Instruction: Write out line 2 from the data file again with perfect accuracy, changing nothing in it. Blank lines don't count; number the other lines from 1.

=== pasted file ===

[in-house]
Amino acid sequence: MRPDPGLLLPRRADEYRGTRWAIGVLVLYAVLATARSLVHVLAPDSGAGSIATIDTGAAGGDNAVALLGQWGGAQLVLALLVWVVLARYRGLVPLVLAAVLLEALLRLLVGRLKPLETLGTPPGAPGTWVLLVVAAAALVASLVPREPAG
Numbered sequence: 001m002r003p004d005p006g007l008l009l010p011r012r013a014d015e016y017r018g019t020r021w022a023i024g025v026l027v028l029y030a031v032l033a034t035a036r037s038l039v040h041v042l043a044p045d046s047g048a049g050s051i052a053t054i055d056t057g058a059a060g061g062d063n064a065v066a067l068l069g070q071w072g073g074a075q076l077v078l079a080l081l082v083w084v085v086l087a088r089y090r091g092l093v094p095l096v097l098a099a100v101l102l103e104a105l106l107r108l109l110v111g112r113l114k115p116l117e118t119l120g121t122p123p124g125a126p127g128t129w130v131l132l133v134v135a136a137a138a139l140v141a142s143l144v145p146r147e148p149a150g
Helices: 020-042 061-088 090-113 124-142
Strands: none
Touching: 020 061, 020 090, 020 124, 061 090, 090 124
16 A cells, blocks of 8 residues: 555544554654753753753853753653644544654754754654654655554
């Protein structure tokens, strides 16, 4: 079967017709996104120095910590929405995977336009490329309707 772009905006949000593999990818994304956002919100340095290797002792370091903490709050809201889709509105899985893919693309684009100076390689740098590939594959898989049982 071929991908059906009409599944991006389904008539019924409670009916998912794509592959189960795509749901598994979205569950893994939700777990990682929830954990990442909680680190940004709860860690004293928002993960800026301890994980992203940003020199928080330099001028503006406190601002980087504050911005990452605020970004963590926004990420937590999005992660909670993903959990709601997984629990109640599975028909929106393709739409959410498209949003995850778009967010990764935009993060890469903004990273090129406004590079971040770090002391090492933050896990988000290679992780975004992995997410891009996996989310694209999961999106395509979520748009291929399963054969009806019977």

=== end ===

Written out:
Amino acid sequence: MRPDPGLLLPRRADEYRGTRWAIGVLVLYAVLATARSLVHVLAPDSGAGSIATIDTGAAGGDNAVALLGQWGGAQLVLALLVWVVLARYRGLVPLVLAAVLLEALLRLLVGRLKPLETLGTPPGAPGTWVLLVVAAAALVASLVPREPAG